Pietermaritzburg - A Hluhluwe-iMfolozi Park employee was attacked and killed by a lioness apparently infected with tuberculosis on Monday morning.
The employee, a water attendant at the park for over 16 years, had been working with colleagues out in the park when the lioness, which was four metres away from him, pounced.
Ezemvelo KZN Wildlife spokesperson Musa Mntambo said yesterday that by the time staff killed the lioness, the man had already sustained critical injuries, of which he died a few hours later. “The man sustained injuries to his neck and thighs. A case was opened at the Hlabisa police station.
“The family is traumatised by the incident and the park has organised counselling for them.”
Mntambo said the park had confirmed a few cases of TB in the lions at the facility.
“We cannot say how many lions have TB, but it is confirmed that some of them have contracted the illness,” he said.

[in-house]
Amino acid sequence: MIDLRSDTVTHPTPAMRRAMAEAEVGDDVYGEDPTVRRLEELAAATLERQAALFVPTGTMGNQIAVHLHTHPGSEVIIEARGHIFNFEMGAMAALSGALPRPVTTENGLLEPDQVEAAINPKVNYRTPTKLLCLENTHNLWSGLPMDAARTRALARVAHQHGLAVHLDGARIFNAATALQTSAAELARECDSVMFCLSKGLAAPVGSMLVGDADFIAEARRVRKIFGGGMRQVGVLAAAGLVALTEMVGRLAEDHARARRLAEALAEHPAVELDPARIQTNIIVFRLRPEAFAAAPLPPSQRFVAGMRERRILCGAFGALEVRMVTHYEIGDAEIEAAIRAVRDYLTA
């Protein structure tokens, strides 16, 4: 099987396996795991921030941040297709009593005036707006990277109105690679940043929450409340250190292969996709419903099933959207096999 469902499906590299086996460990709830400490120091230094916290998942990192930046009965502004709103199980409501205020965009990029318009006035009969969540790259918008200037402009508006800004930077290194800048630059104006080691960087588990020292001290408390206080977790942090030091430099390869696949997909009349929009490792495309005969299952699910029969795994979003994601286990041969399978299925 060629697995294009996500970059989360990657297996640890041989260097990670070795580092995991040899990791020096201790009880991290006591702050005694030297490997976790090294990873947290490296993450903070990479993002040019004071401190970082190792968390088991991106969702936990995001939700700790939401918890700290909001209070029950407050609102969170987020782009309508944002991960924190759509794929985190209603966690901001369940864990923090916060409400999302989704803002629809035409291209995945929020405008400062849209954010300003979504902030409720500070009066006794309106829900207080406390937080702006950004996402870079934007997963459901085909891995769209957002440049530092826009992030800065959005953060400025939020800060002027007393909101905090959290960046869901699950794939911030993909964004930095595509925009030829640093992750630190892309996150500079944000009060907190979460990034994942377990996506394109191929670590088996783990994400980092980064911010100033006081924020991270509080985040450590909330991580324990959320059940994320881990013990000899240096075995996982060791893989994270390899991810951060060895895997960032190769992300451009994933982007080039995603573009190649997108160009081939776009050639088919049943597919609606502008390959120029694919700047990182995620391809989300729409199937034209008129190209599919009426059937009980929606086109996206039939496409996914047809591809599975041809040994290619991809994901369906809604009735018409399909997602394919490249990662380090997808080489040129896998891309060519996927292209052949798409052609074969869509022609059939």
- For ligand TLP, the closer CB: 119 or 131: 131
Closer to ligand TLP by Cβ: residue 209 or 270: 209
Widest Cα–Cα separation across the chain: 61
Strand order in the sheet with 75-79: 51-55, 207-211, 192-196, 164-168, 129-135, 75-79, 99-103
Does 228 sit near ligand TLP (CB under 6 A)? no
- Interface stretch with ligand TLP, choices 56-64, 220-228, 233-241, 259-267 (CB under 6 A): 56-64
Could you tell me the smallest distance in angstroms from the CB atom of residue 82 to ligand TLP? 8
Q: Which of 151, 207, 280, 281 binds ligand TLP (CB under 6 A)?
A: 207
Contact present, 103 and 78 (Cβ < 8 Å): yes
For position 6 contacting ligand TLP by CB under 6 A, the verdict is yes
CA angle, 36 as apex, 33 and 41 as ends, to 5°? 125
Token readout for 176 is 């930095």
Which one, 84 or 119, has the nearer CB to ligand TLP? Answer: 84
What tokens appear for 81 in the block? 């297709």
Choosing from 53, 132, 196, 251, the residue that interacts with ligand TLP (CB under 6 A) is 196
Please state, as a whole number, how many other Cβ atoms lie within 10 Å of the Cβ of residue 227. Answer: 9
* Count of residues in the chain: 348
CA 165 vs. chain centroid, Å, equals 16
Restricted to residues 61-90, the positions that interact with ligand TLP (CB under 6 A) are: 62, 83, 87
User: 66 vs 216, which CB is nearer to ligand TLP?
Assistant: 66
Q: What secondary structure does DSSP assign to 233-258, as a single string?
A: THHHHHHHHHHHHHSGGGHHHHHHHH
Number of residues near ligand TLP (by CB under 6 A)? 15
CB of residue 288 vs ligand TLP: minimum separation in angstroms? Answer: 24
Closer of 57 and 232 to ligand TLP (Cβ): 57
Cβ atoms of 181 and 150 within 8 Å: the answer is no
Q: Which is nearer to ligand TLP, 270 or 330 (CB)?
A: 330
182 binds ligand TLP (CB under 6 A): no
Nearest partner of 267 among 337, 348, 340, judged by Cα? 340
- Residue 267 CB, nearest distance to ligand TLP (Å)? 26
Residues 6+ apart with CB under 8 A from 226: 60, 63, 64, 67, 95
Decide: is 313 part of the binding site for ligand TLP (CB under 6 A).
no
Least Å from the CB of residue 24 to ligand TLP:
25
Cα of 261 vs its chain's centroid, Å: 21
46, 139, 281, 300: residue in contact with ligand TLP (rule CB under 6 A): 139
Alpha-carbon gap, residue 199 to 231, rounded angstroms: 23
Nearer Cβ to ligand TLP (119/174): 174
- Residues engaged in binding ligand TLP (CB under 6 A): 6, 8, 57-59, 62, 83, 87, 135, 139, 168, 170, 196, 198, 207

Mntambo said there had been incidents of animals attacking humans at the park over the years, but it was not a common occurrence. The most recent incidents before yesterday’s death were a lion attack three years ago and a hippo attack before that.
Wildlife disease vet Dr Dewald Keet said iMfolozi had had trouble with TB since the 1980s.
“Lions contract bovine TB from the buffalo they eat,” he said.
“The lions that are infected can usually live with the illness for a while, but then the TB spreads to the bones, the joints, and sometimes the lungs.
“This will make the lion weak and they are then expelled from their pride.”
Once they had been expelled, they hunted for the prey that was easiest to catch.
“From past experience, it is not very likely that lions attack humans. However, if it was … infected with TB, there would be a greater chance of them attacking a human.”
Keet said iMfolozi’s original lion population was almost completely exterminated due to TB and inbreeding, and the park had had to bring in new lions from different gene pools about 15 years ago.
Because no new lions had been introduced into the park since then, the lions could be susceptible to TB again.
“From a scientific and legal aspect, it must be confirmed that the lioness indeed had TB and not another disease,” said Keet.
Mntambo said an autopsy was to be conducted on the lioness.